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United States Department of Agriculture

Agricultural Research Service


item Swayne, David
item Beck, Joan

Submitted to: International Symposium on Avian Influenza
Publication Type: Abstract Only
Publication Acceptance Date: 2/12/2002
Publication Date: 4/17/2002
Citation: N/A

Interpretive Summary:

Technical Abstract: Two groups of mature specific-pathogen-free white leghorn hens were inoculated topically with a recent H7N2 avian influenza (AI) virus or subcutaneously with an inactivated oil emulsion vaccine produced from the same AI virus. Antibody levels detected in serum and egg yolk on days 0, 7, 14, 18 and 21 post inoculation (PI) were compared using the agar gel immunodiffusion (AGID) test, the hemagglutination inhibition (HI) test and the enzyme-linked immunosorbent assay (ELISA). Serum from 12 of 12 hens inoculated with the live virus were positive on day 7 PI in the AGID and ELISA tests, 6 of 12 were positive in the HI test. Serum was positive in all three tests by day 14 PI. Yolk from eggs laid by the hens on day 7 PI was negative in all 3 tests and were positive in all tests on day 14 PI. Serum from the 12 vaccinated hens was negative on day 7 PI in the AGID and HI tests, and 5 of 12 were positive in the ELISA test. All 12 serum samples were positive by day 14 PI in the AGID and ELISA tests, and by day 18 PI using the HI test. Six of 12 and 8 of 12 yolk samples were positive on day 14 PI by the AGID and ELISA tests, respectively, and all samples were positive by day 18 PI using these tests. All yolk samples were negative in the HI test up to day 14 PI; five of 12 were positive by day 18 PI and by day 21 PI ten of 12 were positive. These studies show that currently used serological tests can detect antibodies in serum and yolk samples from hens exposed to live AI virus or from those that have been vaccinated. Antibody is detected earlier in the serum than in the yolk, and earlier from a bird exposed to a live infection than from a vaccinated bird.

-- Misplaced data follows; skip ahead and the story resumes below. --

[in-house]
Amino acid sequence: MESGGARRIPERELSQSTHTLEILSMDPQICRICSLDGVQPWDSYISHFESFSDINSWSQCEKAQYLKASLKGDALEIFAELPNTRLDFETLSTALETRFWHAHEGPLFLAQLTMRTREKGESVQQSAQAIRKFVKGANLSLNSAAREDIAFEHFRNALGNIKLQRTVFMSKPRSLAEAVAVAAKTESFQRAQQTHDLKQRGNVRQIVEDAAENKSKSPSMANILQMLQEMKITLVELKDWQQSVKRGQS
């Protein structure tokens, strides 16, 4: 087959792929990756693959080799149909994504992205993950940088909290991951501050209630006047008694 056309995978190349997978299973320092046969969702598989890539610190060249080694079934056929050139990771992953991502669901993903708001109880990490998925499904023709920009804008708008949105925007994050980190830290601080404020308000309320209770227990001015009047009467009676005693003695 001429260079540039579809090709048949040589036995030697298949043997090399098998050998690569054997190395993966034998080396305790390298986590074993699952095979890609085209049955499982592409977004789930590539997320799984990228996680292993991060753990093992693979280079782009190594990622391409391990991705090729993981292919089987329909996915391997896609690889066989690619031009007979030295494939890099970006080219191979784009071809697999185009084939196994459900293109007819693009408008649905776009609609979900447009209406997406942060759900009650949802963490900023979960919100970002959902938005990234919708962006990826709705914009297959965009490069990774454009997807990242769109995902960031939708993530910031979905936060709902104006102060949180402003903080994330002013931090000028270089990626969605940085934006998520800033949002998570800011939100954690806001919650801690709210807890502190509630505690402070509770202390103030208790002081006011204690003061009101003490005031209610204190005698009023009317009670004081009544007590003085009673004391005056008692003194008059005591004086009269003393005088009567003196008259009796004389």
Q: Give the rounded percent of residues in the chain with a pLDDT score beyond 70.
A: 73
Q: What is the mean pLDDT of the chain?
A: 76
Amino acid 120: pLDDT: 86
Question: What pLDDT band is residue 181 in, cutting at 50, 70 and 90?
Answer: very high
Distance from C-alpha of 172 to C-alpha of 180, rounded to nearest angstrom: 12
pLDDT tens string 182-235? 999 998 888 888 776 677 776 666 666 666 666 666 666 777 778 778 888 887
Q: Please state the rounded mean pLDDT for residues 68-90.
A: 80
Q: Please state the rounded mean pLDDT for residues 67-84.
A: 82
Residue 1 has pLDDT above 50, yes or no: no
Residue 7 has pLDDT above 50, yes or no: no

Last Modified: 05/25/2017
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